The best of those pre-Happy Meal treasures, in my nerdy little opinion, were those plastic watches that weren’t really watches. Instead, the place where you could normally determine the time, if the damn thing had any actual value, would open up, revealing a nifty storage facility. It didn’t hold much (because kids are meant to have limited ownership of the important things in life, that’s how you keep them under control) but it could hold four or five quarters. And that was about the amount you needed in those days to pay your own way at a fast food joint, with change left over, and this was an excellent bargaining tool to use when trying to convince your still-rattled parents that it was time for another trek to McDonald’s.

  Me: “Can we go to McDonald’s? I don’t have the green watch yet.”

  Mom, with that hairdo that meant she had experienced an especially trying day at work, and if I had any sense whatsoever I would leave her alone: “Can I set my purse down first? Maybe go to the bathroom? And we just went to McDonald’s last Friday.”

  Me: “But that was days ago. Decades. We need to go today so I can complete my collection.”

  Mom, briefly pausing to stop one of my siblings from doing something incredibly stupid with an electrical outlet, whilst I did nothing to prevent the possible carnage because I already had too many siblings and would relish a reduction in the family voting bloc: “Collection? What are you talking about? Is this something for school?”

  Me, shuddering at the thought of the immense density of parents: “My watch collection from McDonald’s. I want them all and I don’t have the green one.”

  Mom, having finally rescued one of her offspring from the evils of alternating current that coursed through our doomed household, and fully focusing on me: “You do realize that those are not real watches. Why do you need them?”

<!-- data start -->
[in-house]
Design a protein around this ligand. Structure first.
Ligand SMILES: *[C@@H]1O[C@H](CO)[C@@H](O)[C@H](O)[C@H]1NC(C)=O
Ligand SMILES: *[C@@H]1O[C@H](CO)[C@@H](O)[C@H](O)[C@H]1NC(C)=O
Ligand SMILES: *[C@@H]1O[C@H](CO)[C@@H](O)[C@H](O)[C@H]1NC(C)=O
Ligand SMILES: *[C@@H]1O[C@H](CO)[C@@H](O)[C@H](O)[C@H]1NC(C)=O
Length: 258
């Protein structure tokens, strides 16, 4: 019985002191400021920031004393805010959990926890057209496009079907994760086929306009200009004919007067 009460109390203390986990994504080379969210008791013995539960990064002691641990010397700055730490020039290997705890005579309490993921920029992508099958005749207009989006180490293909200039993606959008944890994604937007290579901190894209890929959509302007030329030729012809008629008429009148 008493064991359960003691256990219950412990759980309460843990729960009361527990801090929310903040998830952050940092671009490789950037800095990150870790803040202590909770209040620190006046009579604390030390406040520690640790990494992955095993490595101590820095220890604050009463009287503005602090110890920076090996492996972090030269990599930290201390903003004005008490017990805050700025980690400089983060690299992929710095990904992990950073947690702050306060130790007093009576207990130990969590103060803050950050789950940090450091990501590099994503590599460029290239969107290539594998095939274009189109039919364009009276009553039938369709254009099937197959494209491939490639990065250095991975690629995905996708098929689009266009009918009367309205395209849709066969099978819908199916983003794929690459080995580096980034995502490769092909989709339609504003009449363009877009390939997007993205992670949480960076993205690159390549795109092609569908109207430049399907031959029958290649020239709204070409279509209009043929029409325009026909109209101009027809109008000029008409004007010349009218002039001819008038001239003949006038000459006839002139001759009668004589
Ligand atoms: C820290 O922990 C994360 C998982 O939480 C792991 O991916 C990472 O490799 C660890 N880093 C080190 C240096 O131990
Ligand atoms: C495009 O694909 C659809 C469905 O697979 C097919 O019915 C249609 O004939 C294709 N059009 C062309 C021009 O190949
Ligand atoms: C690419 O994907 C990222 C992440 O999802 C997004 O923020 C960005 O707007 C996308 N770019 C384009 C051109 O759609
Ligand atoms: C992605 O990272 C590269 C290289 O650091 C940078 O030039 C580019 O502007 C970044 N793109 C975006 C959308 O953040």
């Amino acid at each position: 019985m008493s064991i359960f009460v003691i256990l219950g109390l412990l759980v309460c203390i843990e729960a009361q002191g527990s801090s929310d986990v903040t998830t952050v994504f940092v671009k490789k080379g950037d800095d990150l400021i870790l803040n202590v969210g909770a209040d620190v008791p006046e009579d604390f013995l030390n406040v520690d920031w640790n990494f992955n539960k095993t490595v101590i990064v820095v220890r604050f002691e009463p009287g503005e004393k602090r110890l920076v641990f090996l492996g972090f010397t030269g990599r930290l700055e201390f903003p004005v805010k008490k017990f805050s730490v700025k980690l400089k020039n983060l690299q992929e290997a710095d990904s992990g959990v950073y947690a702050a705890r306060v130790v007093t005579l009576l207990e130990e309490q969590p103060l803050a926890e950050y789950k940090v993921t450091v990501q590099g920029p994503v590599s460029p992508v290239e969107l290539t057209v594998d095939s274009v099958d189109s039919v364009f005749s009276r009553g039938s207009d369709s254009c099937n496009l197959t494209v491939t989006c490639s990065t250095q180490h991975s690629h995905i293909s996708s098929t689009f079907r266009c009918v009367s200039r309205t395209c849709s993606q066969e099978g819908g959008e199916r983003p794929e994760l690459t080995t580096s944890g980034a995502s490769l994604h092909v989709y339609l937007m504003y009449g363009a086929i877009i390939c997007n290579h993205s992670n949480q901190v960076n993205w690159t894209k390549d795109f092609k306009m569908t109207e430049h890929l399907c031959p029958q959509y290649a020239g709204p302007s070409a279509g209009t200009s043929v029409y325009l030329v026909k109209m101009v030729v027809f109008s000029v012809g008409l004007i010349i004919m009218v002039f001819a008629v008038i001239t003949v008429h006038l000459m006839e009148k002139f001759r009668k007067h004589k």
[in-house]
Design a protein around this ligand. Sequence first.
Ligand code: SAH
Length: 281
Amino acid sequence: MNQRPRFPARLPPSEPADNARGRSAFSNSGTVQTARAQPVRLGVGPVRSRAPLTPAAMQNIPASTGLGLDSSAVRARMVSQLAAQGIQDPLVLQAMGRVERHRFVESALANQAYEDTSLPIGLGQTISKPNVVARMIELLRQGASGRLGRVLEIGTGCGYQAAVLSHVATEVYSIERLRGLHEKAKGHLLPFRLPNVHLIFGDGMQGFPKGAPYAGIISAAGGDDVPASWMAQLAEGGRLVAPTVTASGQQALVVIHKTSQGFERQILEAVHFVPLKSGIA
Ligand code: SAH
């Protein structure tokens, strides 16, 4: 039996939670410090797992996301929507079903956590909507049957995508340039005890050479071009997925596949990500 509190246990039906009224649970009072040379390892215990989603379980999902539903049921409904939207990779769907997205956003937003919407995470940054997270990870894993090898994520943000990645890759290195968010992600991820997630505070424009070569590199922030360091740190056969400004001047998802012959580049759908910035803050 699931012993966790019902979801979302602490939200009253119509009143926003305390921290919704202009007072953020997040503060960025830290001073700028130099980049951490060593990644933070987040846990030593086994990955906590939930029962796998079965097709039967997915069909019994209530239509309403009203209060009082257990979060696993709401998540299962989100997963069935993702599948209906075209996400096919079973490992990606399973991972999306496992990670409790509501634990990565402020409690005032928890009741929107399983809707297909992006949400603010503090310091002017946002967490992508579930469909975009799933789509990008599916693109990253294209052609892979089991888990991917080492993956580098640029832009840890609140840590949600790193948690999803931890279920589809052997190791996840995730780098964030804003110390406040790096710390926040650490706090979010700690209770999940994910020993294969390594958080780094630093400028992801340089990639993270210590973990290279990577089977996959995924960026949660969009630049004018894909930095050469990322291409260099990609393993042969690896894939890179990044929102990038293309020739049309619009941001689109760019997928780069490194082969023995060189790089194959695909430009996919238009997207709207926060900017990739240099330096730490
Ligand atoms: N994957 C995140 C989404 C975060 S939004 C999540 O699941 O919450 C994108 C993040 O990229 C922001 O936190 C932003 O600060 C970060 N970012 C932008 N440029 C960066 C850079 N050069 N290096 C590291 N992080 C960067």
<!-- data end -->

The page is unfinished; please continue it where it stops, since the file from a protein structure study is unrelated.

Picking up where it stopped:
Me, frustrated with the ineptitude of people over the age of 12. “Because I want the whole collection. I don’t have the green one. All my friends have the green one.” (What part of this was not clear? God.)

  Mom, going for the tough-love angle, because who really had time for this: “I wasn’t aware that you had friends. And I don’t have the money.  I just had to pay for that thing your sister did.”

  Me, grimacing at the thought that one of my sisters had once again done something insipid that quashed my dreams and life goals, but also realizing that I needed a better bargaining stance: “I can pay for my own meal. Look, I have the quarters.” I began pawing at the yellow fake-watch on my arm, with its delightful but essentially pointless hidden chamber of secrets, and the stupid little hatch wouldn’t open. Damn the underpaid, underage worker who probably made this thing. I struggled and sweated, but the plastic latch wouldn’t budge.

  Mom, wanting to run away and slam her bedroom door but unable to ignore the possible medical implications of what might be transpiring: “What are you doing? Are you okay? Do you need your asthma inhaler?”

  Me, grunting and clawing and finally succeeding in getting the hatch open, only to discover that the hatch was no longer connected to the fake-watch, rendering the contraption useless, and my prized quarters were now flying across the room in one of those inverse reactions where what you need to happen is not what happened at all: “Ohhh….”

  One of the errant quarters sailed an admirable distance and smacked into the forehead of a non-admirable sister who had just pranced into the kitchen, prepared to spill the beans on yet another sibling who was currently doing something that they shouldn’t in the backyard. Said sister, showing great adaptability in a fluid situation, quickly changed her tune from “I’m here to report an indiscretion” to “My utter innocence has been unjustly maligned by the wicked ways of the oldest sibling who is not all that you think he is.” Wailing ensued.

  Mom: “See what you’ve done? She’s probably blind.”

  Me: “She’s fine. Can we go to McDonald’s now?”

Previously published in “Bonnywood Manor”. Very slight changes made for this post. Photo Source: Slyly borrowed from an article in the UK Daily Mail. Ongoing Pain Source: I’m still bitter about that green watch…

42 replies »

  1. St. Margarita’s??! So that’s where all the salt came from. 🙂
    An insightful and memory-evoking piece. I would raise a comparison to The Black Donnelleys, but I’m not sure it translates into American. 😳

    Liked by 1 person

  2. I recall the the sheer NOISE of the kids ricocheting around and in and off ladders, the slides and those urine slick teeter-totters in the McUrchins maimground. It was enough to make your ears bleed. And did.

    Liked by 2 people

    • Granted, the volume was higher in social situations involving urchins before we started narcotizing them into submission. (“Here, son, take this little pill and then go play Pong on your Atari.”) But I think kids were actually nicer, then. (Not all, of course, but most.) There’s some serious meanness going down on today’s playground. Of course, the social structure WILL change when you give a three-year-old a laptop with Internet access…